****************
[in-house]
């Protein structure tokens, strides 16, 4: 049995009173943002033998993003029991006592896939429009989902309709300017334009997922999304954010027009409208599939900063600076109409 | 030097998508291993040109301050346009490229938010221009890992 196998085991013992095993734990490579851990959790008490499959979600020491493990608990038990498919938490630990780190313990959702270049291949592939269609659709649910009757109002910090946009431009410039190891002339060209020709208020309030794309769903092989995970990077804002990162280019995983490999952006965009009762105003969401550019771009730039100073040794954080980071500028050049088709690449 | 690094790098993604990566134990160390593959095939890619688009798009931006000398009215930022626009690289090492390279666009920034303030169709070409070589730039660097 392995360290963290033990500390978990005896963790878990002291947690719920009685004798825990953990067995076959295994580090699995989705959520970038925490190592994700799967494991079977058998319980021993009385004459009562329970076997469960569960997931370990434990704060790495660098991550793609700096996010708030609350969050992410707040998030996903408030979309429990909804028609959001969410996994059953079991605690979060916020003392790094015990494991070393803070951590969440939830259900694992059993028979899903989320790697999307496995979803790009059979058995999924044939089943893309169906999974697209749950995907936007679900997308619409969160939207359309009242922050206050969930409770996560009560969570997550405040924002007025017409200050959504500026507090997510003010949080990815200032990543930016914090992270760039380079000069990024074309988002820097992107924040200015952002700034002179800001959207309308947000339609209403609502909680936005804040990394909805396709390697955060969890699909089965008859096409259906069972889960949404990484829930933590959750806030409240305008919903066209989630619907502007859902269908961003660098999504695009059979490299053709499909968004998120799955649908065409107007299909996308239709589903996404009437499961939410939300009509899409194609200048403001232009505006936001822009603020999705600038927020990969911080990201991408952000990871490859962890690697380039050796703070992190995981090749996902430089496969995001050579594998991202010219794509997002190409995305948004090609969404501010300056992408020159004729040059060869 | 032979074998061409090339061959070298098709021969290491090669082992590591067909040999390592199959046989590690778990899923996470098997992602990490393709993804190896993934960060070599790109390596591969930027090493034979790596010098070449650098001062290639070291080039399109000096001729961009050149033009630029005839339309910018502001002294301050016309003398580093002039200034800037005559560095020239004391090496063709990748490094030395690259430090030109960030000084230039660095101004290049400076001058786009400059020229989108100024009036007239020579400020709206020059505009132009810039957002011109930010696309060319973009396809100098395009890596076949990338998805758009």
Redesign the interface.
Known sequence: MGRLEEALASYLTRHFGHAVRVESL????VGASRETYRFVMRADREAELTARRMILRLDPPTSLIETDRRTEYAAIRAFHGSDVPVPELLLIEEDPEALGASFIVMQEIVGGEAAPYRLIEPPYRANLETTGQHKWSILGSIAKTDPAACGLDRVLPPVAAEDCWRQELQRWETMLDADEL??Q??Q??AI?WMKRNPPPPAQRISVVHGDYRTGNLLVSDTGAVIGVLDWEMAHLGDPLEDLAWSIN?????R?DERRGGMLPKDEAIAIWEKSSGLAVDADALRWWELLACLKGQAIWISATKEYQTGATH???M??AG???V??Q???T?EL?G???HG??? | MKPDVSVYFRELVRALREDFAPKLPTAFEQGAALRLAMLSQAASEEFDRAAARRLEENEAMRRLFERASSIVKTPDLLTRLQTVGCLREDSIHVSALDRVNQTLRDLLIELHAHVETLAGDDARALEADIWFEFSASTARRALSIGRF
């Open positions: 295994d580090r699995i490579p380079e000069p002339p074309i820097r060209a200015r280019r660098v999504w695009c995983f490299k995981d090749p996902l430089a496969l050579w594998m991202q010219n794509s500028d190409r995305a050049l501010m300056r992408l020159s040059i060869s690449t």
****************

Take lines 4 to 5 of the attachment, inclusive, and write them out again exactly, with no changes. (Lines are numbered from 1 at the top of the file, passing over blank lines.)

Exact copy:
Known sequence: MGRLEEALASYLTRHFGHAVRVESL????VGASRETYRFVMRADREAELTARRMILRLDPPTSLIETDRRTEYAAIRAFHGSDVPVPELLLIEEDPEALGASFIVMQEIVGGEAAPYRLIEPPYRANLETTGQHKWSILGSIAKTDPAACGLDRVLPPVAAEDCWRQELQRWETMLDADEL??Q??Q??AI?WMKRNPPPPAQRISVVHGDYRTGNLLVSDTGAVIGVLDWEMAHLGDPLEDLAWSIN?????R?DERRGGMLPKDEAIAIWEKSSGLAVDADALRWWELLACLKGQAIWISATKEYQTGATH???M??AG???V??Q???T?EL?G???HG??? | MKPDVSVYFRELVRALREDFAPKLPTAFEQGAALRLAMLSQAASEEFDRAAARRLEENEAMRRLFERASSIVKTPDLLTRLQTVGCLREDSIHVSALDRVNQTLRDLLIELHAHVETLAGDDARALEADIWFEFSASTARRALSIGRF
């Open positions: 295994d580090r699995i490579p380079e000069p002339p074309i820097r060209a200015r280019r660098v999504w695009c995983f490299k995981d090749p996902l430089a496969l050579w594998m991202q010219n794509s500028d190409r995305a050049l501010m300056r992408l020159s040059i060869s690449t």